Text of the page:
Friday, December 5, 2008

The Fountain: A Quest for Immortality Part 3

This is the conclusion to my three part blog series on my paper The Fountain: A Quest for Immortality. Rabbi Rami's comments are in black and my responses/comments are in reddish brown.

[Warning: The following text contains plot spoilers.]

A viewer could have an atheistic view on the film describing it as an endless cycle of energy and matter tracing back to the Big Bang. Another could view it as reincarnation, cycling through different Incarnations until one achieves Moksha. Even Christians could view Tommy and Izzi as representing Adam and Eve trying to find their way back to Eden and that only through the sacrifice of Jesus (First Father) can we obtain eternal life. At first I also tried to give the film an interpretation but every time I watched it I found myself revising my view to the point that I don't even try at all. This film can have dozens of different interpretations but they all share a common fact: bodily death is a part of life.

Rami: If you have given up trying to make sense out (of) the film, as opposed to coming up with multiple meanings and learning to live with ambiguity of multiple "truths" has the movie failed? Is there a difference between forcing one meaning and killing all meaning?

I think I want to keep trying to make sense out of the film even though it hurts my head when I try, but at least for me the movie hasn't failed. When I was doing research on the film I spent a few days reading movie reviews and I got that people either hate it or love it. It's not that the people that hate the film don't understand it (it's confusing enough in the first place) but I guess they wanted a more concrete ending. You know, with a Michael Bay explosion or a couple kissing while the camera spins around them to the sound of a romantic orchestral piece. A good American film not some bald guy hugging on a tree floating in a bubble in space.

I believe that forcing one meaning kills all meaning. If you say " The meaning of this movie is___ ___ ___" then it destroys the beauty of the film. The director, Darre
n Aronofsky, meant for this to be an open-ended film so that not only can the audience take something personal away from the film but also that it doesn't taint or give any clear answers to Life and Death. Now in regards to "forcing one meaning kills all meaning" in a religious context I believe it stunts Humanity's ability to grow. If you say the meaning of life is found here or the answer is found there it hinders our creativity, imagination, and exploration. Some religions might not have changed their core beliefs but they had to reinterpret it over the centuries to keep up with society. If it chooses not to then it'll go the way of the Dodo bird or the 8 track player (and soon the VCR! Gasp!).

The very last scene in the film shows Tommy burying a seed, possibly from the Tree of Life, over his wife's grave. He says his final goodbye and takes one last look up at Xibalba. It is unclear as to if he then decides to journey to Xibalba or if the whole space travel experience is just the last part of Izzi's unfinished book she asked Tommy to finish. Either way it does not matter because that's not the focus of the film. The focus and beauty of this film lies in the fact that it doesn't try to pose answers to life's questions but presents the questions and teaches us that it is possible to live with them.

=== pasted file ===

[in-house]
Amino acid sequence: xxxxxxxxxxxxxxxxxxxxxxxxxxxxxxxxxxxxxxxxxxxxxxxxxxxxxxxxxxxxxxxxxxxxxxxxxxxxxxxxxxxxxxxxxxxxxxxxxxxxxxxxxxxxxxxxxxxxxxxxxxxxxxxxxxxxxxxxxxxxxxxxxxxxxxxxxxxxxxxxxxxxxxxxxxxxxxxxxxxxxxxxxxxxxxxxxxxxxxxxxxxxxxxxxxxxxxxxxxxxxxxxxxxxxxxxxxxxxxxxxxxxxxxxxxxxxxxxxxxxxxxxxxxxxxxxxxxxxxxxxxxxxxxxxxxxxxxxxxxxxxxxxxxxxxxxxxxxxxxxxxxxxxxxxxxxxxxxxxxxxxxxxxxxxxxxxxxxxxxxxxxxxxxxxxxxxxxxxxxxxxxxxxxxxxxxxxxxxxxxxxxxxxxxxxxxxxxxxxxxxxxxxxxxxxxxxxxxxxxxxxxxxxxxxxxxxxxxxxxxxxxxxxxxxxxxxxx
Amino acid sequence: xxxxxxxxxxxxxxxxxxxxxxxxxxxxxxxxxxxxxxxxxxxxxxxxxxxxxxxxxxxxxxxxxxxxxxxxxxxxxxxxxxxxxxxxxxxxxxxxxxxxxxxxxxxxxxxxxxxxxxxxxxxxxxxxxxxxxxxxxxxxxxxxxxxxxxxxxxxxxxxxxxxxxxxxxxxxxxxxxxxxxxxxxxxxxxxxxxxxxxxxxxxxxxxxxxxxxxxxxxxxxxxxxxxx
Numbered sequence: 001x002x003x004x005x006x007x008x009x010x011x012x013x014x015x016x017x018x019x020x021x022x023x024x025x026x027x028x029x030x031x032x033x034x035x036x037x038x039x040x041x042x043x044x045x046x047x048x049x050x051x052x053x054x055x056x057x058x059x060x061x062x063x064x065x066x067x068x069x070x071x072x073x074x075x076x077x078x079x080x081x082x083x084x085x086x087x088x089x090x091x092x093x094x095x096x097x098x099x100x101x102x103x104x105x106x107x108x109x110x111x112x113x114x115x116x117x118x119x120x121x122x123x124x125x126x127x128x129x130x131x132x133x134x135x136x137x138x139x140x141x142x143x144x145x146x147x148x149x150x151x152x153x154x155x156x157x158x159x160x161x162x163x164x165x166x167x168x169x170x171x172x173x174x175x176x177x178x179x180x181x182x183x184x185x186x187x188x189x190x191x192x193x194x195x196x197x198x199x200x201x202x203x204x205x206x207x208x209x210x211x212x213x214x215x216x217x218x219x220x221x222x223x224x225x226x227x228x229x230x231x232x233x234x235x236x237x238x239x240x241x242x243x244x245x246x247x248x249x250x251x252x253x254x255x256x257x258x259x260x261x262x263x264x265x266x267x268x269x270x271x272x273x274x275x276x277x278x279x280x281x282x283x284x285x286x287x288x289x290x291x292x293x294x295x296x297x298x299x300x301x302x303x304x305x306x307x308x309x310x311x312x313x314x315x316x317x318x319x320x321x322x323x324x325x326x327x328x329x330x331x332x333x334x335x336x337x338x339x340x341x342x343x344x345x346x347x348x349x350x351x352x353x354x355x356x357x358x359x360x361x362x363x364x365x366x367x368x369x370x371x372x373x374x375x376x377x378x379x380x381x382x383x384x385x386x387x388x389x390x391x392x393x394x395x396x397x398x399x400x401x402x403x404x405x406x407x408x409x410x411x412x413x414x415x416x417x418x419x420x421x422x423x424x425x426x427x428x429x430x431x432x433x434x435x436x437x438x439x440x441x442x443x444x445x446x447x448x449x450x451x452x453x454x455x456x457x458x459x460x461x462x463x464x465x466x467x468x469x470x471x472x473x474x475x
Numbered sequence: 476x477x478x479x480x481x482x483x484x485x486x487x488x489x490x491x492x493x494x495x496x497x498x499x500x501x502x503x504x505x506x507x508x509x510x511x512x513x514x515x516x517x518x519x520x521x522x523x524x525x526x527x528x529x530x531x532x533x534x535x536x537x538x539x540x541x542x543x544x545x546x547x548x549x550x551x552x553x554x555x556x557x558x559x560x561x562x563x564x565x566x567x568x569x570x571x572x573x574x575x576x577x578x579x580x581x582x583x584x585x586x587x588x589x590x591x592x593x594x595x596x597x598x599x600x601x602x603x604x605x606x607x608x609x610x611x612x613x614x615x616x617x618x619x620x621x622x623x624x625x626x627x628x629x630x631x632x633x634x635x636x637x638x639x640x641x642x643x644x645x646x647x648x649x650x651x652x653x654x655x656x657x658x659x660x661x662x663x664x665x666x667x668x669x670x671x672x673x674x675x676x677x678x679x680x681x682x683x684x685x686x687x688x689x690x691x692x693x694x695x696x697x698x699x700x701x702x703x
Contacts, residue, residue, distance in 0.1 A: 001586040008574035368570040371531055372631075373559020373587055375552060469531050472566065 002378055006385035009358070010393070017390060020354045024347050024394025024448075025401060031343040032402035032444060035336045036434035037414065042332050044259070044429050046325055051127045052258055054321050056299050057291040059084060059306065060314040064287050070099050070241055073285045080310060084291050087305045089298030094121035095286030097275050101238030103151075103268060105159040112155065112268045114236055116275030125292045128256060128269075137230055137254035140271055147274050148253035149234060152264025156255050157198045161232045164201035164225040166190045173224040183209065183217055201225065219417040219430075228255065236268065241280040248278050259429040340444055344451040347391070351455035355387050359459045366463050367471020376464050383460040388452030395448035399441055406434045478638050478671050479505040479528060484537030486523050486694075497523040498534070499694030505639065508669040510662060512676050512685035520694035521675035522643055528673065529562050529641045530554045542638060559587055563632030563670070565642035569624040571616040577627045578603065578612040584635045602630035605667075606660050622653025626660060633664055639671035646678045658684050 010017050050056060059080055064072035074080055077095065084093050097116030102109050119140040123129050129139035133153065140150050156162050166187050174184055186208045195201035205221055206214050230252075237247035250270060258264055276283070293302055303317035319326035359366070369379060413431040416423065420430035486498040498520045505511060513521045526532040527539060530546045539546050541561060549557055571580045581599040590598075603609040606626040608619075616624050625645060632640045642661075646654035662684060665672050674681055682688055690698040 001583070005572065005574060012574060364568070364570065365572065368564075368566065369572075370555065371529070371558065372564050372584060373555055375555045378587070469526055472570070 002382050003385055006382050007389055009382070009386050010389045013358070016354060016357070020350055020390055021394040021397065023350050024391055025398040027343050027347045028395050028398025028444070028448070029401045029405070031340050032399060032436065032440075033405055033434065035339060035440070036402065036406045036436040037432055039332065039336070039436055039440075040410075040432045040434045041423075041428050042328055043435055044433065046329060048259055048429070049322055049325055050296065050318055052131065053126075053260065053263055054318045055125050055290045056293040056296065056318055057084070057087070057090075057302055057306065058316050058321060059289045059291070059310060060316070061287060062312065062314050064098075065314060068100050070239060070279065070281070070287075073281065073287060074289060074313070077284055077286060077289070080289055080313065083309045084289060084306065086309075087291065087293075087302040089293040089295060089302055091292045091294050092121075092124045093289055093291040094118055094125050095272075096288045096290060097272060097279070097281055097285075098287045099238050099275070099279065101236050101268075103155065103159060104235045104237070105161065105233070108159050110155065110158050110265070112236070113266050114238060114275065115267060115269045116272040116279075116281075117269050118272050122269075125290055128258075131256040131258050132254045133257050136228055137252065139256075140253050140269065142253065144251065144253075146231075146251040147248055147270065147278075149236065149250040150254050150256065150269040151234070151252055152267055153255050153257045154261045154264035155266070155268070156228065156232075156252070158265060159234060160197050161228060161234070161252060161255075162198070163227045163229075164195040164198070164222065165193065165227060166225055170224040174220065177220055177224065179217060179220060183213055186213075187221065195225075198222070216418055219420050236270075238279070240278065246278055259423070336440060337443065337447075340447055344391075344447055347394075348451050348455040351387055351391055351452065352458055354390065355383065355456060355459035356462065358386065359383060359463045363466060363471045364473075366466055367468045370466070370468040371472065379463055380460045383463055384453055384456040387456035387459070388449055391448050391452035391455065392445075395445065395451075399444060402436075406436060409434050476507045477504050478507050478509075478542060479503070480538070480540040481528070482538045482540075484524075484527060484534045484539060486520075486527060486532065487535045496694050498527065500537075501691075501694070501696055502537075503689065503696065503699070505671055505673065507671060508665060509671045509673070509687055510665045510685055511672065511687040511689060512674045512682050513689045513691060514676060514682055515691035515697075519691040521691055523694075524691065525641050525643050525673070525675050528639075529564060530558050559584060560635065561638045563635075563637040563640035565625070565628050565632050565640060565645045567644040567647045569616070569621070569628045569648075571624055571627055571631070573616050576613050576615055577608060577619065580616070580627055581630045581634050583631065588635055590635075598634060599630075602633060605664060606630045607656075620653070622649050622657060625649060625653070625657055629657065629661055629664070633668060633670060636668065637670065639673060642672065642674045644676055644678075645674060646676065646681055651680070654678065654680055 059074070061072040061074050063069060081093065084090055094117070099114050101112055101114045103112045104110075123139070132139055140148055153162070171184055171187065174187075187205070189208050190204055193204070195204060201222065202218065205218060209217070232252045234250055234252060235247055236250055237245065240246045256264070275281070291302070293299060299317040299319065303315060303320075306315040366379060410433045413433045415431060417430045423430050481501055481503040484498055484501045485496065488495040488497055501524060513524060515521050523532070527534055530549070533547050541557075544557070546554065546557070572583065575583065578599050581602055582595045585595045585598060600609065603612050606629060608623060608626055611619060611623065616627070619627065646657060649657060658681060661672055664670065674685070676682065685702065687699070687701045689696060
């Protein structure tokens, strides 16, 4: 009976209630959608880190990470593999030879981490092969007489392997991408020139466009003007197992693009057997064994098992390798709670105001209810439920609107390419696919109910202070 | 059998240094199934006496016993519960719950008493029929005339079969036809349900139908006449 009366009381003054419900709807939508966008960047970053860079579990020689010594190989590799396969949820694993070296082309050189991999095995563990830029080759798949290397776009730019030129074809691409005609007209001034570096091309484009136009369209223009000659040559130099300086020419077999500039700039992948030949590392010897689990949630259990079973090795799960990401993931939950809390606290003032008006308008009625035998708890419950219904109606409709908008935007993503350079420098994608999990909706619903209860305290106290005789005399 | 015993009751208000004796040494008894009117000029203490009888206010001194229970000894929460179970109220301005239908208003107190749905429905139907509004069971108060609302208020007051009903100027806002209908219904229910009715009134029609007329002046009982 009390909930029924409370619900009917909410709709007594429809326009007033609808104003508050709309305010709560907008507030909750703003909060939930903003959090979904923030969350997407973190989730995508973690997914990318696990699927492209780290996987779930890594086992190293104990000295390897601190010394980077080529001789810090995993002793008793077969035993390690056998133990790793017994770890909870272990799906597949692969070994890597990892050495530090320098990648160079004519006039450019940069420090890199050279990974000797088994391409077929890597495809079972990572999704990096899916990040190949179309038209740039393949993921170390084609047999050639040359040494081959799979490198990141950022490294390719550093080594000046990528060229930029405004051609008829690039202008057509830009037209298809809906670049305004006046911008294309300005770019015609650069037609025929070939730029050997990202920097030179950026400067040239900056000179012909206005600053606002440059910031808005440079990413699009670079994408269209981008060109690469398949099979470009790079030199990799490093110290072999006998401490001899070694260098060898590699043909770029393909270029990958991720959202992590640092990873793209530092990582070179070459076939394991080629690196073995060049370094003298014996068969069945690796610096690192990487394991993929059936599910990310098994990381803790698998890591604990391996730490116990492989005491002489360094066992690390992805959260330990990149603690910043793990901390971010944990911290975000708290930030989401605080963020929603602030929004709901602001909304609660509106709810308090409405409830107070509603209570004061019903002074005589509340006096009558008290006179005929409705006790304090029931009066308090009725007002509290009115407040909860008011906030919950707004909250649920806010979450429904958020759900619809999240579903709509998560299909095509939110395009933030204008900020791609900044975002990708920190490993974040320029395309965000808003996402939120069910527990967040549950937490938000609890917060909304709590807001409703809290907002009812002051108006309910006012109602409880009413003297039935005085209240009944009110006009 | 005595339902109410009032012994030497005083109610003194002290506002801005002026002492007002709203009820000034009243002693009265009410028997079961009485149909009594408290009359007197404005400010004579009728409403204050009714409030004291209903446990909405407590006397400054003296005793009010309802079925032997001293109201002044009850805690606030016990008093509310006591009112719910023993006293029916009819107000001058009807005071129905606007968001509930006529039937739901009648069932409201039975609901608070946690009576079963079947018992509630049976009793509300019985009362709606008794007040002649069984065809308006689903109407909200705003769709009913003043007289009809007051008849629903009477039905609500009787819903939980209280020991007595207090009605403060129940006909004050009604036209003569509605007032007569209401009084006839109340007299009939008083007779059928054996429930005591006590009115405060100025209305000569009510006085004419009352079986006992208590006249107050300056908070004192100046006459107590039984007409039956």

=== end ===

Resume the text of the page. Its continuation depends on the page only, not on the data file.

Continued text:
Rami: Ok. This is good. Does living with the questions means never positing answers or does it mean never ceasing to posit answers? Does it mean there are no answers or that all answers are temporary? Is there truth in this film?

I believe living with the questions means living with the question mark. The question mark will always be there but the questions will change form. All the answers AND questions are temporary until we find answers to some of our questions, that will in turn provide us with new questions. The world wasn't always round (at least our perception of it) but when it became round new questions about our surroundings arose. And in asking questions Humanity as a whole grows and evolves, this I believe is one of (if not) the Truth(s), that the film is trying to portray. (Maybe. Philosophy tends to give me headaches.)

That no matter what background you may come from that the answers that religion supplies are just Man's best attempt to calm ourselves of our fears of the unknown. By overcoming their fears of and accepting Death as a natural process both Izzi in the 21st century, and Tom in the 26th century embraces "Death as the road to Awe" and earn true immortality by becoming a part of the Universe.

Rami: Is this the answer: Death as the Road to Awe? What might a religion look like that took this idea as its core idea?

For Tom and Izzi, yes this is the answer (of course that's what I think). They both struggled and fought with death but their battles only became easier when they accepted the inevitable. Izzi accepted this much sooner (500 years sooner) than Tom but they both came to the same conclusion. I can't begin to imagine (or know) a religion that is so focused on death as one of their core beliefs. I don't think anyone today would willingly die for the greater good of the community (or humanity). I'm not talking about matyrdom or even dying in the service of your country but I mean knife to your throat "our blood shall feed the Earth" sacrifice like in the film. I don't know much about Mayan's or their religion (except that most people think the end of their calendar is the date for the end of the world) but I do know that the director studied their culture heavily before making this film. He incorporated a lot of Mayan mythology into the film and this might be one of their core beliefs. I don't know yet but I intend to find out.

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